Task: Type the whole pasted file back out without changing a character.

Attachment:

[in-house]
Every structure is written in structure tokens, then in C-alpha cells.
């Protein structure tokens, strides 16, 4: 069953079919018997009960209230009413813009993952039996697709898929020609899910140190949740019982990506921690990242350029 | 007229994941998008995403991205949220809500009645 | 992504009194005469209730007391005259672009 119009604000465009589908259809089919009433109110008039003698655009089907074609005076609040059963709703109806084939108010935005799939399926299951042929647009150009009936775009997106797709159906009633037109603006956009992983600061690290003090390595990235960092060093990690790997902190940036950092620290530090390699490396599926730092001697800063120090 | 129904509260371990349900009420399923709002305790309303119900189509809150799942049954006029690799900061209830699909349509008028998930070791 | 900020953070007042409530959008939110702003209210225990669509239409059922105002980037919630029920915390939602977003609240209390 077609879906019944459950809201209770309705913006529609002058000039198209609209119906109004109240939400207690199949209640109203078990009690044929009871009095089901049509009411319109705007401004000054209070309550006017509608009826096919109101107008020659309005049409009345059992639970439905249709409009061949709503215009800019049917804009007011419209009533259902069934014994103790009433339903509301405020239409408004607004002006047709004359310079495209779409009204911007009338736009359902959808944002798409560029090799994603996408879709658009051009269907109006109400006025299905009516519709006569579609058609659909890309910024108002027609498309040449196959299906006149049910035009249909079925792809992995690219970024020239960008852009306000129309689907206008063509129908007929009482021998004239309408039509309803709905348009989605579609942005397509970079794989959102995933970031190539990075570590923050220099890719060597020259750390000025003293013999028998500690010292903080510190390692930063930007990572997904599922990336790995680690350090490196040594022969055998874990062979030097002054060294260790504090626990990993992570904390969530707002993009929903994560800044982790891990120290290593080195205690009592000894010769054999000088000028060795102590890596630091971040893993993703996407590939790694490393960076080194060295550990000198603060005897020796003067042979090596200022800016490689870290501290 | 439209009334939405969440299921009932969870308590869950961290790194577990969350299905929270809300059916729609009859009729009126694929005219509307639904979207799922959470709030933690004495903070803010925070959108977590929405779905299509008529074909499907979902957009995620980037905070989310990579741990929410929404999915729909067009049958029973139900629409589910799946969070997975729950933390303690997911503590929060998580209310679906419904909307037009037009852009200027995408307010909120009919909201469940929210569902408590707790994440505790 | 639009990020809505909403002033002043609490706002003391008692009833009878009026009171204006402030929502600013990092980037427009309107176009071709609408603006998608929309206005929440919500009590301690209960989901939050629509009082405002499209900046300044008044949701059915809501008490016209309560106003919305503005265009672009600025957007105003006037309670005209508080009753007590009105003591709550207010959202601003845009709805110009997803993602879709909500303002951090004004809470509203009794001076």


[in-house]
Every structure is written in structure tokens, then in C-alpha cells.
């Protein structure tokens, strides 16, 4: 069953079919018997009960209230009413813009993952039996697709898929020609899910140190949740019982990506921690990242350029 | 007229994941998008995403991205949220809500009645 | 992504009194005469209730007391005259672009 119009604000465009589908259809089919009433109110008039003698655009089907074609005076609040059963709703109806084939108010935005799939399926299951042929647009150009009936775009997106797709159906009633037109603006956009992983600061690290003090390595990235960092060093990690790997902190940036950092620290530090390699490396599926730092001697800063120090 | 129904509260371990349900009420399923709002305790309303119900189509809150799942049954006029690799900061209830699909349509008028998930070791 | 900020953070007042409530959008939110702003209210225990669509239409059922105002980037919630029920915390939602977003609240209390 077609879906019944459950809201209770309705913006529609002058000039198209609209119906109004109240939400207690199949209640109203078990009690044929009871009095089901049509009411319109705007401004000054209070309550006017509608009826096919109101107008020659309005049409009345059992639970439905249709409009061949709503215009800019049917804009007011419209009533259902069934014994103790009433339903509301405020239409408004607004002006047709004359310079495209779409009204911007009338736009359902959808944002798409560029090799994603996408879709658009051009269907109006109400006025299905009516519709006569579609058609659909890309910024108002027609498309040449196959299906006149049910035009249909079925792809992995690219970024020239960008852009306000129309689907206008063509129908007929009482021998004239309408039509309803709905348009989605579609942005397509970079794989959102995933970031190539990075570590923050220099890719060597020259750390000025003293013999028998500690010292903080510190390692930063930007990572997904599922990336790995680690350090490196040594022969055998874990062979030097002054060294260790504090626990990993992570904390969530707002993009929903994560800044982790891990120290290593080195205690009592000894010769054999000088000028060795102590890596630091971040893993993703996407590939790694490393960076080194060295550990000198603060005897020796003067042979090596200022800016490689870290501290 | 439209009334939405969440299921009932969870308590869950961290790194577990969350299905929270809300059916729609009859009729009126694929005219509307639904979207799922959470709030933690004495903070803010925070959108977590929405779905299509008529074909499907979902957009995620980037905070989310990579741990929410929404999915729909067009049958029973139900629409589910799946969070997975729950933390303690997911503590929060998580209310679906419904909307037009037009852009200027995408307010909120009919909201469940929210569902408590707790994440505790 | 639009990020809505909403002033002043609490706002003391008692009833009878009026009171204006402030929502600013990092980037427009309107176009071709609408603006998608929309206005929440919500009590301690209960989901939050629509009082405002499209900046300044008044949701059915809501008490016209309560106003919305503005265009672009600025957007105003006037309670005209508080009753007590009105003591709550207010959202601003845009709805110009997803993602879709909500303002951090004004809470509203009794001076």